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The Power of Place-Naming: C.C. Little, Eugenics, and the University of Michigan

Tuesday, April 11, 2017
2:00-4:00 PM
Hatcher Graduate Library Gallery (Room 100) Hatcher Graduate Library Map
This roundtable explores the potential renaming of the C.C. Little Building at the University of Michigan. Little was University President from 1925 to 1929. He also was an avowed eugenicist who supported policies such as compulsory sterilization of the “unfit” and immigration restriction. Little was instrumental in organizing the Third Race Betterment Conference held in Battle Creek in 1928. Forty years later, the U-M regents voted to bestow his name on the East Medical Building as part of a broader effort to recognize previous university presidents. Given Little’s associations with ideas and practices that today are anathema to our values of diversity, inclusion, and non-discrimination, should this building be renamed? Panelists will explore this question in light of recent institutional guidelines for building renaming, and approaches of other universities facing similar struggles around renaming campus sites. We will consider the social justice rationales for renaming and attendant risks of sanitizing the uglier sides of institutional histories.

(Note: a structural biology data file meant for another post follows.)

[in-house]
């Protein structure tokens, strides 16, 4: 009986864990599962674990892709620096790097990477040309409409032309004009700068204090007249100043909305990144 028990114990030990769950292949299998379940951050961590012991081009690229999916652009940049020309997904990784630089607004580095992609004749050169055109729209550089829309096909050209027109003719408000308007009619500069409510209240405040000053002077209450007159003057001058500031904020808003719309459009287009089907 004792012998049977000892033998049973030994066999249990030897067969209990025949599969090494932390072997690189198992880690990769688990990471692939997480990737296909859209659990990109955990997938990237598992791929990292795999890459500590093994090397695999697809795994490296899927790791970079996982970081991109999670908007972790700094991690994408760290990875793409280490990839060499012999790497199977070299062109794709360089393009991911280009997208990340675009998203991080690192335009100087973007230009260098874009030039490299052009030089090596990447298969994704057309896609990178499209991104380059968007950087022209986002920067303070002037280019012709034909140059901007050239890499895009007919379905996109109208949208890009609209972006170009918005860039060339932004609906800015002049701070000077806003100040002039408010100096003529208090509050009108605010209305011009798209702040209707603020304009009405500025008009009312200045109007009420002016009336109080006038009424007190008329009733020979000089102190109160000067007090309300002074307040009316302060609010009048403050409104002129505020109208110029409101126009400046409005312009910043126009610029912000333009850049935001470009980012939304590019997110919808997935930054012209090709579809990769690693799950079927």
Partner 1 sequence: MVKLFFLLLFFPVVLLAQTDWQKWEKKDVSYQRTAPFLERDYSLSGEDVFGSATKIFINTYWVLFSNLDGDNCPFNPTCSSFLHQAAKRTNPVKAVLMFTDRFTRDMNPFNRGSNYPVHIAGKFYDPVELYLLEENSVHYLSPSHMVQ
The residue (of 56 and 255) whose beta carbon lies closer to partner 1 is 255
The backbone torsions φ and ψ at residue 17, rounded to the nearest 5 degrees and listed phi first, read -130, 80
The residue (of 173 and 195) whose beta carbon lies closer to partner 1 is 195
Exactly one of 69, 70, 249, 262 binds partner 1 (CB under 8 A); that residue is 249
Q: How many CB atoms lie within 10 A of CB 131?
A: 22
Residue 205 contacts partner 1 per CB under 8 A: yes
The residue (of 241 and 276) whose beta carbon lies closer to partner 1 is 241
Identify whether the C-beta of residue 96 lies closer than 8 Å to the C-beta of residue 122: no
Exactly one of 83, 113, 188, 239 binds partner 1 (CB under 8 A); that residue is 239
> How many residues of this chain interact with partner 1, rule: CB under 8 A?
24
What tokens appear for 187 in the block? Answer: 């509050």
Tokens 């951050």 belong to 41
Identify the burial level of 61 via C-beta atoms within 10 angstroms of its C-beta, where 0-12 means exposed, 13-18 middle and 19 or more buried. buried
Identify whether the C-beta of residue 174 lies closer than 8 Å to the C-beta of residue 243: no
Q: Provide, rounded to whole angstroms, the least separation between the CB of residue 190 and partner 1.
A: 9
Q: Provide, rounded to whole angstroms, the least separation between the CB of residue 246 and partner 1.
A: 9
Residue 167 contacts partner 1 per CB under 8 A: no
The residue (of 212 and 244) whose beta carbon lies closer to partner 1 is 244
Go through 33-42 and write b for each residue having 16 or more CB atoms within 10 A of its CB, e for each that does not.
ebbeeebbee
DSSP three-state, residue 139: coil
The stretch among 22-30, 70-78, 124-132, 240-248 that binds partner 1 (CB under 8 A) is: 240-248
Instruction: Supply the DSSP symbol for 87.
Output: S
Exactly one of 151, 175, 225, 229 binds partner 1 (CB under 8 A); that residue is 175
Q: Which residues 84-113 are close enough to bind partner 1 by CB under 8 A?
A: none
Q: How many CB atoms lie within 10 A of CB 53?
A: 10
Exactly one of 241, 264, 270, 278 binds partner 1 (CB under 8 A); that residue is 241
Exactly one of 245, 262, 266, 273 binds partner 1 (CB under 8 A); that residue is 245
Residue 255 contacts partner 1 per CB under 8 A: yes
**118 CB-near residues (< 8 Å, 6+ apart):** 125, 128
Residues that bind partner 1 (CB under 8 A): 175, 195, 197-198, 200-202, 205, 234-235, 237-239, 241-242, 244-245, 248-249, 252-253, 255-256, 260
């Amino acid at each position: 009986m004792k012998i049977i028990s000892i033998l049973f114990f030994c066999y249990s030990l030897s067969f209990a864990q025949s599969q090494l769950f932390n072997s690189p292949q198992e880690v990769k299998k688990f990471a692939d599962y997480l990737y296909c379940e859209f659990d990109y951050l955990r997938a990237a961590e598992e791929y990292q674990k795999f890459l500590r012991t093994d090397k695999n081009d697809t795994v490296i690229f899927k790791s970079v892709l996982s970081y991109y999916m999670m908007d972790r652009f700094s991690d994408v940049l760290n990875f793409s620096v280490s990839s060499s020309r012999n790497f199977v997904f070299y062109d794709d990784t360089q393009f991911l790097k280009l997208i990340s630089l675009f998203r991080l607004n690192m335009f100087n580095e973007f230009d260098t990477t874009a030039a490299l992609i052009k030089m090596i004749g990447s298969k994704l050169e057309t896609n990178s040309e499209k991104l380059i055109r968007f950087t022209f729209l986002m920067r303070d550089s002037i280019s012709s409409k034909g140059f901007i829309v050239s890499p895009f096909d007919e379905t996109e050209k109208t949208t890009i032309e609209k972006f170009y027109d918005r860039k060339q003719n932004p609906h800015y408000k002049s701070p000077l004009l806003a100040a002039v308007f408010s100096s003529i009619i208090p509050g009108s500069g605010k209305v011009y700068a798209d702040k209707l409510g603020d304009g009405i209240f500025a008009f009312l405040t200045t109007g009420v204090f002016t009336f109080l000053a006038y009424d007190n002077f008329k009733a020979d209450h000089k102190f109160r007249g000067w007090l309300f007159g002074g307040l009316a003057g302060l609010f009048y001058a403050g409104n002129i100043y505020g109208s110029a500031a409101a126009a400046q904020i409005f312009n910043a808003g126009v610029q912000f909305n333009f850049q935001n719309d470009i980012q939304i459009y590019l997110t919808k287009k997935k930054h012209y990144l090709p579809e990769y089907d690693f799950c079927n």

Featuring Matthew Countryman (University of Michigan), Kumea Shorter-Gooden (University of Maryland), Alexandra Minna Stern (University of Michigan), Martin S. Pernick (University of Michigan, chair), and Joshua Hasler (student representative).

This LSA Bicentennial Theme Semester event is presented with support from the College of Literature, Science, and the Arts and the University of Michigan Bicentennial Office. Additional support provided by the Department of History and the Eisenberg Institute for Historical Studies.
Building: Hatcher Graduate Library
Event Type: Lecture / Discussion
Tags: Bicentennial, Diversity, Diversity Equity and Inclusion, History, LSA200
Source: Happening @ Michigan from LSA Bicentennial Theme Semester, The College of Literature, Science, and the Arts, Eisenberg Institute for Historical Studies, Department of History, Bicentennial Office